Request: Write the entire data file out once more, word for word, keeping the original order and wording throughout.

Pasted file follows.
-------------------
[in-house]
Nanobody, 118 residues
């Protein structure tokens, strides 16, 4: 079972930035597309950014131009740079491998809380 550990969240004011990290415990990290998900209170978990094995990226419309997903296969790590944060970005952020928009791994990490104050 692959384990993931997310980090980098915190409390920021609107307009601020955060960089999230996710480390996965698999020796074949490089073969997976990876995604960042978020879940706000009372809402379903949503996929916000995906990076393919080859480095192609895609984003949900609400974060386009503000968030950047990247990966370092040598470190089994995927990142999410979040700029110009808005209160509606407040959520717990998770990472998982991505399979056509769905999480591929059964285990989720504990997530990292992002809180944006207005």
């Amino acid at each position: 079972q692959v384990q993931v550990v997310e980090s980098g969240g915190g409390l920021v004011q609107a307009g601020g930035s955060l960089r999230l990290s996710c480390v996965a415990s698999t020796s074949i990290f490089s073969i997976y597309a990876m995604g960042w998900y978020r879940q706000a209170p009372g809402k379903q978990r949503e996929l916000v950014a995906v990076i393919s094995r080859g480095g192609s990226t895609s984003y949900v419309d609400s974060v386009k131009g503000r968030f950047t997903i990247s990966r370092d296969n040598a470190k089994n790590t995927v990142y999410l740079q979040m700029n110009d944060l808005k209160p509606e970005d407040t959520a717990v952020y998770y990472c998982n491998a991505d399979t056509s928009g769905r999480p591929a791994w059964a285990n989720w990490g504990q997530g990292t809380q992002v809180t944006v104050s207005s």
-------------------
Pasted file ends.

[in-house]
Nanobody, 118 residues
């Protein structure tokens, strides 16, 4: 079972930035597309950014131009740079491998809380 550990969240004011990290415990990290998900209170978990094995990226419309997903296969790590944060970005952020928009791994990490104050 692959384990993931997310980090980098915190409390920021609107307009601020955060960089999230996710480390996965698999020796074949490089073969997976990876995604960042978020879940706000009372809402379903949503996929916000995906990076393919080859480095192609895609984003949900609400974060386009503000968030950047990247990966370092040598470190089994995927990142999410979040700029110009808005209160509606407040959520717990998770990472998982991505399979056509769905999480591929059964285990989720504990997530990292992002809180944006207005």
């Amino acid at each position: 079972q692959v384990q993931v550990v997310e980090s980098g969240g915190g409390l920021v004011q609107a307009g601020g930035s955060l960089r999230l990290s996710c480390v996965a415990s698999t020796s074949i990290f490089s073969i997976y597309a990876m995604g960042w998900y978020r879940q706000a209170p009372g809402k379903q978990r949503e996929l916000v950014a995906v990076i393919s094995r080859g480095g192609s990226t895609s984003y949900v419309d609400s974060v386009k131009g503000r968030f950047t997903i990247s990966r370092d296969n040598a470190k089994n790590t995927v990142y999410l740079q979040m700029n110009d944060l808005k209160p509606e970005d407040t959520a717990v952020y998770y990472c998982n491998a991505d399979t056509s928009g769905r999480p591929a791994w059964a285990n989720w990490g504990q997530g990292t809380q992002v809180t944006v104050s207005s």